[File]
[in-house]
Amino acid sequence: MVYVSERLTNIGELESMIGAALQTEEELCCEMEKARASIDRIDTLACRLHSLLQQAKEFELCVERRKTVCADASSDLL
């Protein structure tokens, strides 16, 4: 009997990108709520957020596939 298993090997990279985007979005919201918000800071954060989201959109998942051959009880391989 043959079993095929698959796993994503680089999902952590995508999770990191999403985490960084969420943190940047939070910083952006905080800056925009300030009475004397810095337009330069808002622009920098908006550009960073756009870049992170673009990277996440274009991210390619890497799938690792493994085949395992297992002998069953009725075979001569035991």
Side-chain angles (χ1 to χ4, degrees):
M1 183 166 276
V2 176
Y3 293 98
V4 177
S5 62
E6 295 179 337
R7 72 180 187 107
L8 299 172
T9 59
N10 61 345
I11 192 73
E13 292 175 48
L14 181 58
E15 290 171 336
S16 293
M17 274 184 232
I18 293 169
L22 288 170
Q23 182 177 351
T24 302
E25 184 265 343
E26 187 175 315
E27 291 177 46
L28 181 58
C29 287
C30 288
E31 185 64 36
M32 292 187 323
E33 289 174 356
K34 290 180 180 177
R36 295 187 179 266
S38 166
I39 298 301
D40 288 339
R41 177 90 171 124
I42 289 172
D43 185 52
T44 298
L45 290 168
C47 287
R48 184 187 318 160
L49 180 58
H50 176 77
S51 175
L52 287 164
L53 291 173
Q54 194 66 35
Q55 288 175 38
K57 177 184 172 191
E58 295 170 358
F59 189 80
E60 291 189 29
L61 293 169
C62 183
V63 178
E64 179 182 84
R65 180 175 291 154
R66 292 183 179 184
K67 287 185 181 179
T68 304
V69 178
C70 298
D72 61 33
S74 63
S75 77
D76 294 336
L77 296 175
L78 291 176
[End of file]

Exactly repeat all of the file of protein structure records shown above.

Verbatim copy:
[in-house]
Amino acid sequence: MVYVSERLTNIGELESMIGAALQTEEELCCEMEKARASIDRIDTLACRLHSLLQQAKEFELCVERRKTVCADASSDLL
């Protein structure tokens, strides 16, 4: 009997990108709520957020596939 298993090997990279985007979005919201918000800071954060989201959109998942051959009880391989 043959079993095929698959796993994503680089999902952590995508999770990191999403985490960084969420943190940047939070910083952006905080800056925009300030009475004397810095337009330069808002622009920098908006550009960073756009870049992170673009990277996440274009991210390619890497799938690792493994085949395992297992002998069953009725075979001569035991």
Side-chain angles (χ1 to χ4, degrees):
M1 183 166 276
V2 176
Y3 293 98
V4 177
S5 62
E6 295 179 337
R7 72 180 187 107
L8 299 172
T9 59
N10 61 345
I11 192 73
E13 292 175 48
L14 181 58
E15 290 171 336
S16 293
M17 274 184 232
I18 293 169
L22 288 170
Q23 182 177 351
T24 302
E25 184 265 343
E26 187 175 315
E27 291 177 46
L28 181 58
C29 287
C30 288
E31 185 64 36
M32 292 187 323
E33 289 174 356
K34 290 180 180 177
R36 295 187 179 266
S38 166
I39 298 301
D40 288 339
R41 177 90 171 124
I42 289 172
D43 185 52
T44 298
L45 290 168
C47 287
R48 184 187 318 160
L49 180 58
H50 176 77
S51 175
L52 287 164
L53 291 173
Q54 194 66 35
Q55 288 175 38
K57 177 184 172 191
E58 295 170 358
F59 189 80
E60 291 189 29
L61 293 169
C62 183
V63 178
E64 179 182 84
R65 180 175 291 154
R66 292 183 179 184
K67 287 185 181 179
T68 304
V69 178
C70 298
D72 61 33
S74 63
S75 77
D76 294 336
L77 296 175
L78 291 176